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Posts Tagged ‘Hermann Hesse’

German Literature Month hosted by Caroline from Beauty is a Sleeping Cat and Lizzy from Lizzy’s Literary Life every November is one of my favourite reading events of the year. This year we are celebrating the 10th edition. I was looking forward to reading lots of German literature this month. But things didn’t go according to plan. I tried reading slowly, then I tried forcing myself to read, but it didn’t work. Three weeks of the month have already gone, and I’ve read a few pages from multiple books. This is not how I expected the 10th anniversary celebrations to go. I am disappointed with myself. But I’m not giving up. I have participated in every edition of German Literature Month and I am not going to miss it this time. I decided to participate in a different way this year.

I thought as my first post this year, I’ll write about my favourite German poems. I haven’t read a lot of German poems, and I don’t know many readers who have read German poems. But I’ve read some, and I’ve loved them. I’m sharing some of my favourites below.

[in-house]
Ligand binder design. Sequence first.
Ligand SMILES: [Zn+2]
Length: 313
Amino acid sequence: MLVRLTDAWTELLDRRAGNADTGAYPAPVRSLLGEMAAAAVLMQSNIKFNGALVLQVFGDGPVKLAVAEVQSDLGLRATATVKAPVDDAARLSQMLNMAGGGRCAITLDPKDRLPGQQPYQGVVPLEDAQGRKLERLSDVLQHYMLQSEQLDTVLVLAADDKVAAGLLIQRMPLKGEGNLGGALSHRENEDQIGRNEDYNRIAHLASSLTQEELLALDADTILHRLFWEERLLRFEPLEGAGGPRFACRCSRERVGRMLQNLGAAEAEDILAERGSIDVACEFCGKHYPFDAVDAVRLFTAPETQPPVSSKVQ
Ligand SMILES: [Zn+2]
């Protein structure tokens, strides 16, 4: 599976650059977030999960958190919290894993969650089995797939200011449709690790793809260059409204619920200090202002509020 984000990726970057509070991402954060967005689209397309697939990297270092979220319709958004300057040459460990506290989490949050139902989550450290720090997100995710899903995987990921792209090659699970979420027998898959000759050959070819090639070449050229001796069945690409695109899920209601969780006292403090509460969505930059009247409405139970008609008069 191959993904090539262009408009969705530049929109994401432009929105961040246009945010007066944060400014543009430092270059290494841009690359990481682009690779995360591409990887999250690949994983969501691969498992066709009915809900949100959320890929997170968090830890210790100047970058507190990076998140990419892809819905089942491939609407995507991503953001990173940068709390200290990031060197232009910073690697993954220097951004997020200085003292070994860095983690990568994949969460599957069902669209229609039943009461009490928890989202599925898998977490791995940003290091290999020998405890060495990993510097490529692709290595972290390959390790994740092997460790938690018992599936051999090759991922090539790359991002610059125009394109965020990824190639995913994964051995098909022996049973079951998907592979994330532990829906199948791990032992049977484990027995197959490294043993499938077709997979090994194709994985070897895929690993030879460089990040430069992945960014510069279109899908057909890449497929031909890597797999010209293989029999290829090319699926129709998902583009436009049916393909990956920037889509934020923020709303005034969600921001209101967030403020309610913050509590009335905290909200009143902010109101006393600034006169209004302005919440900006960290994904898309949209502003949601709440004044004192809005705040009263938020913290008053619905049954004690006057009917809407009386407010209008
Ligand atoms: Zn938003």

Hermann Hesse

One of my friends gifted me this poetry collection by Hermann Hesse. I love Hesse’s novels and he is one of my favourite writers, but I didn’t know that he wrote poetry. I was pleasantly surprised when I read this book and I loved it.

These lines from one of the poems, make me remember my mother, and always make me cry.

“But the mild night,
That bows with its gentle clouds above me,
Has my mother’s face,
Kisses me, smiling, with inexhaustible love,
Shakes her head dreamily
As she used to do, and her hair
Waves through the world, and within it
The thousand stars, shuddering, turn pale.”

These lines are very poignant.

“And one day you will know
That the sweet breath of this life,
The precious possession of the heartbeat,
Is only a loan”

These lines are thought-provoking.

“And that for every hair on your head
Somebody endured one struggle, one pain, one death.”

And these lines are beautiful and insightful.

“But sleep has turned into a frightened bird,
Difficult to catch, to hold, yet easy to kill;”

Clearly, Hesse is as wonderful a poet, as he is a novelist.

Nelly Sachs